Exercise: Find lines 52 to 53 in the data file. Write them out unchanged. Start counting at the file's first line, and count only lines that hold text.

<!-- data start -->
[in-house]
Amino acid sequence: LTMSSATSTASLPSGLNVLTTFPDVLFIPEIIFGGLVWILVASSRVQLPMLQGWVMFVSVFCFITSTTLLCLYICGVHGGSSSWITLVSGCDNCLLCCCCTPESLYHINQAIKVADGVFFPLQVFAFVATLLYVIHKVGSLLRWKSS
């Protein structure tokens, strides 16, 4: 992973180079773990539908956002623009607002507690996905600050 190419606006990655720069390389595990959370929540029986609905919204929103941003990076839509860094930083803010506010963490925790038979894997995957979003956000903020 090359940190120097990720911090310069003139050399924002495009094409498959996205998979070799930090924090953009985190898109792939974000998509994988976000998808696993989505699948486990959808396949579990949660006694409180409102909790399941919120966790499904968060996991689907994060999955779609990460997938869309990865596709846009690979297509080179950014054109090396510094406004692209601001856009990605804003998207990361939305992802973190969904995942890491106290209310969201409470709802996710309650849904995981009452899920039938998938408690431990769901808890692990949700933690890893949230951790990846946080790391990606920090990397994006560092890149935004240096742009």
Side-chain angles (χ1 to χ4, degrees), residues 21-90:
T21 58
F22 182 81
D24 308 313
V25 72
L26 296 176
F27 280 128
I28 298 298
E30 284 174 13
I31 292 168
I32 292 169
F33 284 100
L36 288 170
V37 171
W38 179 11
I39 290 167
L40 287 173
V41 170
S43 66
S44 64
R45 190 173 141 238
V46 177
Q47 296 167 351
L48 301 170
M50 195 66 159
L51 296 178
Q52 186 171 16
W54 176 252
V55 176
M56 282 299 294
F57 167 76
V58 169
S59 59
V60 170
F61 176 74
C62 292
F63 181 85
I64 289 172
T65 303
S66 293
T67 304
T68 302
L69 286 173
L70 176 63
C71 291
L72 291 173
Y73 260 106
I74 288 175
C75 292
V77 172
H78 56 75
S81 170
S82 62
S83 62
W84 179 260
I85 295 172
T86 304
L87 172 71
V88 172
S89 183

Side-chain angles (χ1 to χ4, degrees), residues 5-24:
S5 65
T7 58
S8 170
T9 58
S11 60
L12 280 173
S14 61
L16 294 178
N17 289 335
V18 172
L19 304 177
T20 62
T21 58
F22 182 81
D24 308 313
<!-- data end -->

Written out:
C75 292
V77 172